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Back in the mid-1970s, the Repertory Dance Theatre utilized the streets and alleys of Salt Lake City.

"It was a fund-raiser called `RDT: Rediscover Downtown,' " said artistic director Susan Smith. "We would walk around the area and perform on fire escapes, steps and back alleys for an audience who walked with us. We would also have an architect come with us to give short presentations on the different designs of the buildings. We were getting the audience reacquainted to the city."In the same spirit, the Repertory Dance Theatre will host an evening of music, dance and food for another fund-raiser, "RDT on Broadway" 30th anniversary gala, Saturday at the RDT performing studios, 158 W. Broadway (300 South). The event begins at 7 p.m. and will run until 11 p.m.

In addition to an RDT performance about 8:30 p.m., the night will also feature live music from the Joe Muscolino Band, an architecture exhibit, food from Brimley's Diner and a silent auction.

"We wanted to bring awareness to the area and make it fun and accessible," Smith said. "People need to get involved with art - whether through dance, architecture, visual or theater. I think people are still intimidated by modern dance. This is a way to get people closer to dance. And rather than having our 30th be a big, ritzy black-tie event, we wanted to be more imaginative."

And when more than one artist gets together, the imagination runs wild.

Artist Kazuo Matsubayashi and University of Utah architecture students are in the process of redesigning the RDT studios.

"I told them to get into our backstage boxes and pull things out," said Smith. "It's been fun for them to experiment."

Spackled tarps, mesh sculptures, past sets and props will decorate the studio, which will also feature a "behind-the-scenes" motif in the back alley, said Smith.

"We are trying to get the `backstage at Broadway' feel for the evening," she said. "It's been so much fun getting together and planning this. And we've been trying so hard to do something different with this funky building."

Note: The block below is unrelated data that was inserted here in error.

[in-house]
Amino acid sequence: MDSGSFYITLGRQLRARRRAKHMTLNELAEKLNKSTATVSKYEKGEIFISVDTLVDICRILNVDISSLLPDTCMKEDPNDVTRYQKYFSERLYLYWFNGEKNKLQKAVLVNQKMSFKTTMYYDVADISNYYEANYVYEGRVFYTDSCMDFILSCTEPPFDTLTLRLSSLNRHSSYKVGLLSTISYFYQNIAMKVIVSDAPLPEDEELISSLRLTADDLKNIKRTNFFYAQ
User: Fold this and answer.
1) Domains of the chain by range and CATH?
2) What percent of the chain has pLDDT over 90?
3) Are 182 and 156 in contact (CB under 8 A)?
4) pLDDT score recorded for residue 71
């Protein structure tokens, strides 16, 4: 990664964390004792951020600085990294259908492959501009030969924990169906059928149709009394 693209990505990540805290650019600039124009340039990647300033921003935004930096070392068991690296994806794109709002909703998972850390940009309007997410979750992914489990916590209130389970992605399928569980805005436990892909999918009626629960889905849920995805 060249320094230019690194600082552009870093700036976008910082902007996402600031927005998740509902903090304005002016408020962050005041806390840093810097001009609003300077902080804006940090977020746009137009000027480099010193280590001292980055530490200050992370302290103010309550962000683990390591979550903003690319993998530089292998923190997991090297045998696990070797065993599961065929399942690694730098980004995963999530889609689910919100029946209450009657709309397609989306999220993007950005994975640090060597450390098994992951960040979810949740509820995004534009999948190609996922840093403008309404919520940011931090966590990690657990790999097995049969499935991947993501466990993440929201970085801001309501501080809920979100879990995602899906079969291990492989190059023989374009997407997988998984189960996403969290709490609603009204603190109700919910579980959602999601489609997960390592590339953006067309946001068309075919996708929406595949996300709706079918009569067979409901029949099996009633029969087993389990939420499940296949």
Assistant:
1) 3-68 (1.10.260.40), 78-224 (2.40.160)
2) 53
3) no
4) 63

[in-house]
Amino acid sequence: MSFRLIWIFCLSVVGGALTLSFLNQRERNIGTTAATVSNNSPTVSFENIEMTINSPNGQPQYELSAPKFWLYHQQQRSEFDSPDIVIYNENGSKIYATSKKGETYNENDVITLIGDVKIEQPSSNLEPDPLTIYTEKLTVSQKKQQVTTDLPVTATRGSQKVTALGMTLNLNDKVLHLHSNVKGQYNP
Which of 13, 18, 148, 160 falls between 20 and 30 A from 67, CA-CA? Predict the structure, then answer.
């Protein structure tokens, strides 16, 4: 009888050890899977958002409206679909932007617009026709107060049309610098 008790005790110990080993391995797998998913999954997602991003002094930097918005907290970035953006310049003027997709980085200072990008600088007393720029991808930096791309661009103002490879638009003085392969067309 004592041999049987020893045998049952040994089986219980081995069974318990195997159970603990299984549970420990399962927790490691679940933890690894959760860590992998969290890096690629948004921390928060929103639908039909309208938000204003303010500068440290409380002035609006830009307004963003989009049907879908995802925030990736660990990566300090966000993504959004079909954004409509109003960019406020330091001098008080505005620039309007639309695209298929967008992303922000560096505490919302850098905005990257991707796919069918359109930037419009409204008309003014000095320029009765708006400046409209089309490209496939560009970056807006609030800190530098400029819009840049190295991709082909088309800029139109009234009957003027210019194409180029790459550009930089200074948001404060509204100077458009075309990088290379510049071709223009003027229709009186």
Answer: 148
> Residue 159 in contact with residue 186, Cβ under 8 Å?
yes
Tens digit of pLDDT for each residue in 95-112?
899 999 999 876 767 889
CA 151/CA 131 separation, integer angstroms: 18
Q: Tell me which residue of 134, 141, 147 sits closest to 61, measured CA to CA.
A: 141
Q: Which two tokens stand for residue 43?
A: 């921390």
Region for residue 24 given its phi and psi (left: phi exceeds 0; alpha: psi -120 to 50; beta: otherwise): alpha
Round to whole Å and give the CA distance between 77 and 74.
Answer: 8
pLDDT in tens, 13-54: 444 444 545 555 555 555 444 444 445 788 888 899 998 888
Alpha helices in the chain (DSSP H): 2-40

The Repertory Dance Theatre came to life in 1966 with a mission to decentralize, demystify and share the arts with everyone. It was one of the first professional American modern dance companies to reside outside New York City.

"We are always trying to find a way for people to get interested in the arts and try to get them responsible to keep the arts going," Smith said. "Dance is not elitist and distant. We open our back yards to the public.

"I get a little discouraged when people come away from a performance and say they didn't get the story," Smith continued. "There doesn't have to be a story. There are people out there who find comfort in something safe and predictable. That's why children are such a good audience. They are more open to the abstract."

Throughout its career, RDT has been the only modern dance company to be featured on the cover of Smithsonian; was the first Utah arts organization to receive an Advancement Grant from the National Endowment of the Arts; was the featured image for the 1992 International Tanz Festival in Vienna, Austria, and was also cited by dance historian Marcia B. Siegel as one of two dance companies that are the caretakers of the legacy of dance pioneer Doris Humphrey.

"I don't really dwell on the past, but I remember reminiscing with Bill Evans, a former member of RDT, and we got to talking about past pieces," Smith said. "And the more we talked, the more I got really excited about the fact this company is an artistic library. Things we did 30 years ago are still important issues, and we have the freedom to revive and recreate. Talking with Bill validated why RDT is in existence in the first place.

"I came away from that conversation with a renewed sense of purpose of what we meant to people in the past and what we will mean to people in the future," Smith said. "I'm excited about the future. It's not going to get any easier - with the funding cuts and major problems like that - but it will be exciting for today's dancers and the public to see what RDT will do in the next 30 years."

- TICKETS for the gala can be purchased by calling 322-4635 or 534-1000. Admission is $35 per person. The price includes dinner and entertainment. Tickets will also be sold at the door on a first-come, first-served basis.